Amy Dickman (left) and Alayne Cotterill (right): ‘Looks like a good plan, let’s do it.’

Amy Dickman (left) and Alayne Cotterill (right): ‘Looks like a good plan, let’s do it.’


Nevertheless, in that moment, with their characteristic energy and optimism, our collective teams responded and pulled together. New people joined to help build the necessary systems, and onwards we all rolled. Without so much as a pause, the new Lion Landscapes was formed to span four big landscapes in three countries, with a team of over 100 passionate and dedicated people and almost as many partners.


After a whirlwind year, it was finally time to stop, lift our collective heads, take a deep breath and look around us; Who are we? What are we trying to achieve? How are we best going to get there? And how do we make sure - belatedly - that this joint organisation is something that we all believe in and helped create, not just the leaders?


With help from Maliasili, we have now finished a process of strategic planning to help us answer exactly these questions - our final 5-year Strategic Plan is shared with you here. At the core of this document is our Theory of Change – our unique pathway to achieving our shared vision and mission. Having dedicated most of our lives to large carnivore conservation, we all had our individual, internal missions but realised that often those missions did not align exactly with those of others in the team, and that we often failed to express them as clearly as we needed.

The large carnivore species we study, captured on camera traps on village land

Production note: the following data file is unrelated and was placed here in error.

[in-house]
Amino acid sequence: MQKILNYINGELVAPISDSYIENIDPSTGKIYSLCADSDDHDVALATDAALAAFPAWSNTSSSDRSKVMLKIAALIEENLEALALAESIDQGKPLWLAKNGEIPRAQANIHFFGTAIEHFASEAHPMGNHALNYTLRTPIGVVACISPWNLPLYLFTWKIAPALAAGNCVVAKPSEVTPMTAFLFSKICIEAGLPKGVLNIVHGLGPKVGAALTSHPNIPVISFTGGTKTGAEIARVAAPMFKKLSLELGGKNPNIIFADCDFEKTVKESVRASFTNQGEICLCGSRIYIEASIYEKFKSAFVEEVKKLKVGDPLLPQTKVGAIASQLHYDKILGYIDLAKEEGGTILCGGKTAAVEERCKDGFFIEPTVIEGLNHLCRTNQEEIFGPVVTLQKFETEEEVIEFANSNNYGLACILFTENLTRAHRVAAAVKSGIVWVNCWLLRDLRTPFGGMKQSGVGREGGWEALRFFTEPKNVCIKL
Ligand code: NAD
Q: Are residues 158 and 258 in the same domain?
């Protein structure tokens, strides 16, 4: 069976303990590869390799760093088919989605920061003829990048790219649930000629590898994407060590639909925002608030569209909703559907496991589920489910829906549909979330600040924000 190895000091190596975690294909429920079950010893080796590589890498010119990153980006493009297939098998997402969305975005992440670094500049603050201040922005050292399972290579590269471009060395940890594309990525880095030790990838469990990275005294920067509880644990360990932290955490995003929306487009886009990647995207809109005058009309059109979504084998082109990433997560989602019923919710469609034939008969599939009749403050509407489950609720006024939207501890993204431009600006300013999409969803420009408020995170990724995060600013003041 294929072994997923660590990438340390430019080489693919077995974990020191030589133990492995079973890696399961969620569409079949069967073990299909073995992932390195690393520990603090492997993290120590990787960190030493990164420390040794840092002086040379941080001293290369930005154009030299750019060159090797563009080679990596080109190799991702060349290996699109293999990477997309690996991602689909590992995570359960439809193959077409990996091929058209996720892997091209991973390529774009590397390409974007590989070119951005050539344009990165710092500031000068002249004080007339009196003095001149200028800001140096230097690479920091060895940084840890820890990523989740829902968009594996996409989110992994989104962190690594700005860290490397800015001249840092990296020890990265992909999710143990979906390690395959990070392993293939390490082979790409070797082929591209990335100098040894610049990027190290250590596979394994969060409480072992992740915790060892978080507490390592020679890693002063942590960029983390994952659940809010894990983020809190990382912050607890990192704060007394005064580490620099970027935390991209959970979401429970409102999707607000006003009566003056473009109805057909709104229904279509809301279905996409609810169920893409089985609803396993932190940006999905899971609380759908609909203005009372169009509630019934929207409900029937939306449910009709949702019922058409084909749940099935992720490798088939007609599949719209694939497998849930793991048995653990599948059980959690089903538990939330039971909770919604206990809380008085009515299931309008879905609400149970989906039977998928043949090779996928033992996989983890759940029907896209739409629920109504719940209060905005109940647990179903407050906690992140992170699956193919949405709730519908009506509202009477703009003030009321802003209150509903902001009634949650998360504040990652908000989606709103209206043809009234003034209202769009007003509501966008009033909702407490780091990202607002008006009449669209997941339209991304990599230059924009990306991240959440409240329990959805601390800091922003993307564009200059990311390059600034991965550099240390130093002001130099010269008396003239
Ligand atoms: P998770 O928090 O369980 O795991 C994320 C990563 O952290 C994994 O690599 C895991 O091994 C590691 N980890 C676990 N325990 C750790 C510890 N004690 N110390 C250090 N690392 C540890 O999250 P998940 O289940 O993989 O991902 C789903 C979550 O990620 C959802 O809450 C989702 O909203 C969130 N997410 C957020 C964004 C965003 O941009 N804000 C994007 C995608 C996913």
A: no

Maliasili helped us to crystalise those individual goals into something clear and shared. We realised that everything we were doing was working to make large carnivore conservation valuable to local and global communities. At present, most of the value of that conservation is felt internationally, while it is local people who bear the costs of it. Our central goal is to rebalance that equation, making conservation fairer and more effective. The conservation of lions and wider biodiversity must have real, tangible, competitive value for the people sharing the landscape with it - otherwise they will do something else with their land - agriculture, infrastructure, anything that will allow them to improve the wellbeing of their families. This is what humans have done across the globe for millennia. Much of our work focuses on that local level, but maintaining and expanding global buy-in is also vital. Unless the international public, companies and decision-makers are willing to invest properly and equitably in conservation, including covering the real local costs of carnivore conservation and coexistence, it will fail. We can hardly expect the poorest communities in the world to bear that cost alone, which has often been the case up to now.